In the context of testing for very subtle audible differences between... (anything)...

    If the goal is to determine the absolute fact of whether "a difference is audible or not", then I would suggest one slight difference..... I would suggest that the most sensitive version of an A/B test would be not an A/B test, but the A/B/A variation. In this form of test you play THREE samples in sequence, timed or not, or simply allow the listener to switch back and forth multiple times as they like. This covers the possibility that, for some unknown reason, the listener may be more sensitive to some small difference between the samples when switching in one direction than in the other. (If we're trying to find the smallest detectable difference then we want to ensure that we include the most sensitive conditions possible.)

    At the risk of using an analogy to prove the point, if we were asking observers to compare two colors, the most sensitive test for doing so is to have the colors shown at the same time in direct contact. When matching colors it is universally acknowledged that the most accurate results will be obtained when comparing two OVERLAPPING samples. When comparing "swatches" you hold the swatch OVER the color sample you're testing. (Many very accurate old-school scientific tests worked this way - and many still do.) You do NOT look at the samples sequentially or hold them several inches apart. Showing samples sequentially, or at the same time, but not overlapping, universally reduces the sensitivity of the test. I suggest that allowing the user to switch as often as possible, and as quickly as possible, or as infrequently as they prefer, achieves the same goal. It both minimizes the opportunity for memory to affect the results and allows each test subject to choose their own "most sensitive test conditions".

    An A/B/X test is FAR less sensitive since it asks the user to not only recognize a difference but also to characterize what that difference is. Half of the sample sets in our A/B/A test will contain samples that are different; and half samples that are the same. Therefore, if the different samples are "audibly indistinguishable" we would expect the same random 50/50 result for both types of sets. And, if the observer is statistically more accurate in identifying sets where the samples are different, then we must conclude that SOMETHING is causing them to be able to tell which is which. (And, since it is essentially a forced-choice situation, we have included "unconscious factors" as well as conscious.)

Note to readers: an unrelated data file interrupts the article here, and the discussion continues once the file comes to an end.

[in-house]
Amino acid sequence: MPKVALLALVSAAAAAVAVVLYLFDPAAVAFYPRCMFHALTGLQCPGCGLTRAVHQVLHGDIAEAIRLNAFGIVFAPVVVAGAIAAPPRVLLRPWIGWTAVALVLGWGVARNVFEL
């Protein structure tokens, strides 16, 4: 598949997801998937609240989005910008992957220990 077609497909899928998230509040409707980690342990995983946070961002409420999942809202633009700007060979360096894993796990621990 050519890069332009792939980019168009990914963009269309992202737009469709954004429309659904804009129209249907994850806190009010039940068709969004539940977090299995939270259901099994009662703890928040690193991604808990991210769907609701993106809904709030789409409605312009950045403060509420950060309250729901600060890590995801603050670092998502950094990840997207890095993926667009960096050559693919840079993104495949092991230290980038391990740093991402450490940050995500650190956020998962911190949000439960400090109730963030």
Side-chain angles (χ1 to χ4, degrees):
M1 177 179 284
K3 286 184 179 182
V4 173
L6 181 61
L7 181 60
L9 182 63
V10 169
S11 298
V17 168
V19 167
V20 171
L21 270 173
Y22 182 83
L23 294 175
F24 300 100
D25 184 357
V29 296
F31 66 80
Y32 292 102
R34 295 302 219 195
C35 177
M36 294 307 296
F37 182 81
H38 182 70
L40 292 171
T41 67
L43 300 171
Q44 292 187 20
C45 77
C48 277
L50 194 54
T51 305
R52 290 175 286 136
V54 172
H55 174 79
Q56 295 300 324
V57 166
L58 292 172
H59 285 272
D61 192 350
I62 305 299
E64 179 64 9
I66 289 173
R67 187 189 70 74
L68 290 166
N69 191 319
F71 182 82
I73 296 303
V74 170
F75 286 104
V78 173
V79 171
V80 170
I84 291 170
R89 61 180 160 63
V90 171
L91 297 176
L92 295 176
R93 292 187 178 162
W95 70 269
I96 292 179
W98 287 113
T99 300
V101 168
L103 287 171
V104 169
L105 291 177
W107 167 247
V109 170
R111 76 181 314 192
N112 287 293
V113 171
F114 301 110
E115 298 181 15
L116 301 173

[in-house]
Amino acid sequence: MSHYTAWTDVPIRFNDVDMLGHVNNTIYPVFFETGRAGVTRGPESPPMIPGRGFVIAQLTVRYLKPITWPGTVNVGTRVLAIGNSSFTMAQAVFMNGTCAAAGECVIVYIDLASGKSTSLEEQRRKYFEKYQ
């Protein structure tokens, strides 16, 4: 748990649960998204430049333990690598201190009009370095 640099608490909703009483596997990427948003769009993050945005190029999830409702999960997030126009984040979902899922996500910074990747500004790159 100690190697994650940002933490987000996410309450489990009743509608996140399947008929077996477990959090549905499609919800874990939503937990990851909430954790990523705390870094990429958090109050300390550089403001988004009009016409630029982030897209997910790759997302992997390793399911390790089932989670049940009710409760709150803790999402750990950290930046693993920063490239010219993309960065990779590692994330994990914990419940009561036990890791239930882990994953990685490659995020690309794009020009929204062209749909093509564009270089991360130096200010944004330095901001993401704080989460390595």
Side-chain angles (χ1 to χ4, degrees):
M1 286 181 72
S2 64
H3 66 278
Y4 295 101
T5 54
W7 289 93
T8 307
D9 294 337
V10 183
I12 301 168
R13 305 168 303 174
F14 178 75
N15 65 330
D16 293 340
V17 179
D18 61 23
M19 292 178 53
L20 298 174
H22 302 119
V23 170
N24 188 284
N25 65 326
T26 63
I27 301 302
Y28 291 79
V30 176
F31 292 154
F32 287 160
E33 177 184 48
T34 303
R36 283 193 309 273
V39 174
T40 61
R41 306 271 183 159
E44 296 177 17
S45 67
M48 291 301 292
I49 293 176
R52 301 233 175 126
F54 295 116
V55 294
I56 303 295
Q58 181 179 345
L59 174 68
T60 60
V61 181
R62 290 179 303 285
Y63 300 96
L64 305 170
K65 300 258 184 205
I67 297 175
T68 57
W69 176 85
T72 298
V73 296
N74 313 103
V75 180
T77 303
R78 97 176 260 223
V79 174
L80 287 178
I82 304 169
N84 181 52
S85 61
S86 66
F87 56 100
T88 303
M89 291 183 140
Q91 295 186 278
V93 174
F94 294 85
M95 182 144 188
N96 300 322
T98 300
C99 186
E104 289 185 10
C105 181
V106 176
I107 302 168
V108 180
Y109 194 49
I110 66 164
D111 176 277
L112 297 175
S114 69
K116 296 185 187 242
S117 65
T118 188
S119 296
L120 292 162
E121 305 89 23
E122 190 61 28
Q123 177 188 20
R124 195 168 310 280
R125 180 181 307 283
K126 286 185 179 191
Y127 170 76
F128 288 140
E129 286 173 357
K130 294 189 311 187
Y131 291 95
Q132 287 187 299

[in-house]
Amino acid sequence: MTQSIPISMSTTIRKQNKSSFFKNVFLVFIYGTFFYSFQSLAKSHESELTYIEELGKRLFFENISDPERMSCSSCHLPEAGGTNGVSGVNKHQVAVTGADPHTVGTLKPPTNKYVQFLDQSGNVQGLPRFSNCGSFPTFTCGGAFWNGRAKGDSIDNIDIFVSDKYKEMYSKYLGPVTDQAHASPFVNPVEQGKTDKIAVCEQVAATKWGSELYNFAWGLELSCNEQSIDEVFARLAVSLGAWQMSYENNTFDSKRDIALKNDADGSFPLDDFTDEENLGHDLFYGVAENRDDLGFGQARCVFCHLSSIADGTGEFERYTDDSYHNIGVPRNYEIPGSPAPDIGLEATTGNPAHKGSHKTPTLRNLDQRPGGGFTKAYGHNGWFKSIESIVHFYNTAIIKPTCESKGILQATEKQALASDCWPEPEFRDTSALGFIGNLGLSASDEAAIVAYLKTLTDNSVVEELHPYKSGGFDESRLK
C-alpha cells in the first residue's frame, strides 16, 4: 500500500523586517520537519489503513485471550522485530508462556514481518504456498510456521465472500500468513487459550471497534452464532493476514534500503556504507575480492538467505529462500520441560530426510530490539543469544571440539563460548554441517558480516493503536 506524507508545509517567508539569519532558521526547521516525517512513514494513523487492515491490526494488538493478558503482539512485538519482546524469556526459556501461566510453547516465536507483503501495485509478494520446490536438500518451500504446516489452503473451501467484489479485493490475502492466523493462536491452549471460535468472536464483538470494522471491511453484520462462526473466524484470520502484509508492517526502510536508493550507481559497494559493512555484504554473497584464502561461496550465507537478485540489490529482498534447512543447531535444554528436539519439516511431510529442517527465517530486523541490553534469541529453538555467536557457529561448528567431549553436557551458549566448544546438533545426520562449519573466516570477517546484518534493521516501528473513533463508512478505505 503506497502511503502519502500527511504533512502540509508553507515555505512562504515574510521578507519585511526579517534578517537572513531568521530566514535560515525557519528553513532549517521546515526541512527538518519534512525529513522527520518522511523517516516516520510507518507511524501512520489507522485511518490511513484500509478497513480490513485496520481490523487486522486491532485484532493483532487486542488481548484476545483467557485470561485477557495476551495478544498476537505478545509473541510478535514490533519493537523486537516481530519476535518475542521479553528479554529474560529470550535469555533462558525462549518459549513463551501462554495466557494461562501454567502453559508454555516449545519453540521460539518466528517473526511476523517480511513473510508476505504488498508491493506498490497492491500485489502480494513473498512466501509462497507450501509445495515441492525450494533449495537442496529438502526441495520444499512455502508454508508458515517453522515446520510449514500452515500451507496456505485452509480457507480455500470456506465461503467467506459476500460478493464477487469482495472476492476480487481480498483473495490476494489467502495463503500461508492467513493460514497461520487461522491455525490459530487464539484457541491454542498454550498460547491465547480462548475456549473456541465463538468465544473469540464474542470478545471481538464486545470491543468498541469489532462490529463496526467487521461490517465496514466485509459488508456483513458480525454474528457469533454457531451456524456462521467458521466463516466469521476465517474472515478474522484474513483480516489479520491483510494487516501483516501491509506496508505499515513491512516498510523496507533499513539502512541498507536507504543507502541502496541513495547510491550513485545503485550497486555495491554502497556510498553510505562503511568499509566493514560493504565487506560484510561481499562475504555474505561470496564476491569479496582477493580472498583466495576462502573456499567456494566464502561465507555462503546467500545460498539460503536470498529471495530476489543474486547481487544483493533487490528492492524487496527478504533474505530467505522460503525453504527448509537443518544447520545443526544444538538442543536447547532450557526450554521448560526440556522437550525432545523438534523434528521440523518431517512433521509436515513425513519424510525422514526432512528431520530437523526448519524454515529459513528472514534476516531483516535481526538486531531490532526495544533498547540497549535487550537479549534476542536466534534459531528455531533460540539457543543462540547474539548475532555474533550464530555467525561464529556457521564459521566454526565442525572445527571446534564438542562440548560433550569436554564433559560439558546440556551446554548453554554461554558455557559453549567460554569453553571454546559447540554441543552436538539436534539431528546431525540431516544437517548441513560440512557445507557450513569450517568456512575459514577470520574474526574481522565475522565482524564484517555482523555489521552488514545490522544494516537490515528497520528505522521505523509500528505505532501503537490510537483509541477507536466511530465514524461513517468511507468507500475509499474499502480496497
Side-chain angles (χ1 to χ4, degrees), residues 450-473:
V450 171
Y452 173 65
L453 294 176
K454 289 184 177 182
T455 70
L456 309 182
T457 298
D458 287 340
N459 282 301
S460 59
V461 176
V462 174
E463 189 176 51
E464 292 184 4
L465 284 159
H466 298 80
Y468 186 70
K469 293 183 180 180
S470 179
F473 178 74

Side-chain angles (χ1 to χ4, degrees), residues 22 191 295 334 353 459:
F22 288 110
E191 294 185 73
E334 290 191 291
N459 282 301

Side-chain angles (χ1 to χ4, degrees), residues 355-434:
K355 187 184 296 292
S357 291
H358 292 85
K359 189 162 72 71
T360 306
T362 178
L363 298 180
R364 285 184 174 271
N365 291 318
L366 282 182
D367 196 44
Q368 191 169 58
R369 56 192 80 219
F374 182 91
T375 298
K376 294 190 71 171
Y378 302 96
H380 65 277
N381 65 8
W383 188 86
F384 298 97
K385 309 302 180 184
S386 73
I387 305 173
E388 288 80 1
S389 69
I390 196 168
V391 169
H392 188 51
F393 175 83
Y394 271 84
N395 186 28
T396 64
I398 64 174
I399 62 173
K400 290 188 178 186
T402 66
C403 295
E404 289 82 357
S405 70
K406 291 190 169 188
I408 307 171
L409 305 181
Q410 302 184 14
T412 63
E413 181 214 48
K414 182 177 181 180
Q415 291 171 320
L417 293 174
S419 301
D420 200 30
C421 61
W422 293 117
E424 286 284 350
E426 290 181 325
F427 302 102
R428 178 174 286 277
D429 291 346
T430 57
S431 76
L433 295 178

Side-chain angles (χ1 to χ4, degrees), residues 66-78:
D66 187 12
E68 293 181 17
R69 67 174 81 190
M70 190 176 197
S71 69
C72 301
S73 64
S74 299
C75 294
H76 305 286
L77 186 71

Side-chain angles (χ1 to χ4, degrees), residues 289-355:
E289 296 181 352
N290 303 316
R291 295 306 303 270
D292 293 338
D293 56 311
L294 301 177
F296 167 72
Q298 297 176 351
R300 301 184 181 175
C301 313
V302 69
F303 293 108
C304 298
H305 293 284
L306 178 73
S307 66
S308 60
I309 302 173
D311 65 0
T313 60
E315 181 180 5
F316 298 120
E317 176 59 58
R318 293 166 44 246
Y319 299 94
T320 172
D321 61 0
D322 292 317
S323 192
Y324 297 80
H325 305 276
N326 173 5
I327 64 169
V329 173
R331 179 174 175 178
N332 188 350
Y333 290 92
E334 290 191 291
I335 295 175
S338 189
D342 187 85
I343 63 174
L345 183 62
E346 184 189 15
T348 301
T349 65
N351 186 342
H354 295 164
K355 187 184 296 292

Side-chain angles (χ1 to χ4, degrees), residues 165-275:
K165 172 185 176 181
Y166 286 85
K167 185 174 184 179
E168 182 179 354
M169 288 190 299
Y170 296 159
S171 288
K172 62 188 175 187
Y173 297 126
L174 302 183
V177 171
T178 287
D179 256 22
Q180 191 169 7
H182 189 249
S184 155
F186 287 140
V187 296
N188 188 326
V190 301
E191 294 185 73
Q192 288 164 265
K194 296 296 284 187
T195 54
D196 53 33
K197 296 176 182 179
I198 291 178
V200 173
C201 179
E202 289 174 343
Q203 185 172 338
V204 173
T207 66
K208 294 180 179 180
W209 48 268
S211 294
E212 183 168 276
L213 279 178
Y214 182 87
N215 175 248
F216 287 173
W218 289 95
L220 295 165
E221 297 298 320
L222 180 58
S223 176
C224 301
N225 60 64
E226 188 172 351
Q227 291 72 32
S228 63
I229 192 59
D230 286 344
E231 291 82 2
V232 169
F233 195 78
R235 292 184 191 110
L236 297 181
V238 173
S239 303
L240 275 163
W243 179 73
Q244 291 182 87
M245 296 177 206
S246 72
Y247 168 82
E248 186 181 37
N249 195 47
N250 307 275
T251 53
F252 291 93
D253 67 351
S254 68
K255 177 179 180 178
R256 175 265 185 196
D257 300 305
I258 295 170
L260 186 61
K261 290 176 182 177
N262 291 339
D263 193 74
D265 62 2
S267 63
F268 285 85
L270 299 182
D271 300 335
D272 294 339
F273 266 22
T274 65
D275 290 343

I would also reiterate that, if we're testing something like the audibility of ultrasonic content, then we MUST confirm that such content is both present in our test samples, and actually delivered to the ears of the listener at the listening position. (We must ensure that both our test samples, and all of the gear we use in the test, "is delivering the sample we're testing for".)

    I would also note that what we're talking about here is "a test to determine the absolute minimum difference that is audible". This is far different than, for example, testing for "what the majority of people notice" or "what the majority of people find important". In tests of THAT sort, it may be desirable to deliberately include other confounding factors. For example, we may conclude that, if the majority of listeners are unable to detect a difference when their listening sessions are deliberately separated by a thirty second delay, those differences are "unimportant", and "unlikely to be noticed in a typical listening situation". In other words, answering THAT question might call for a different and less stringent test. (Perhaps we actually need to develop a specific test for "what's important in a typical listening situation"... with specific, and less stringent, requirements.)

    Last edited: Dec 18, 2018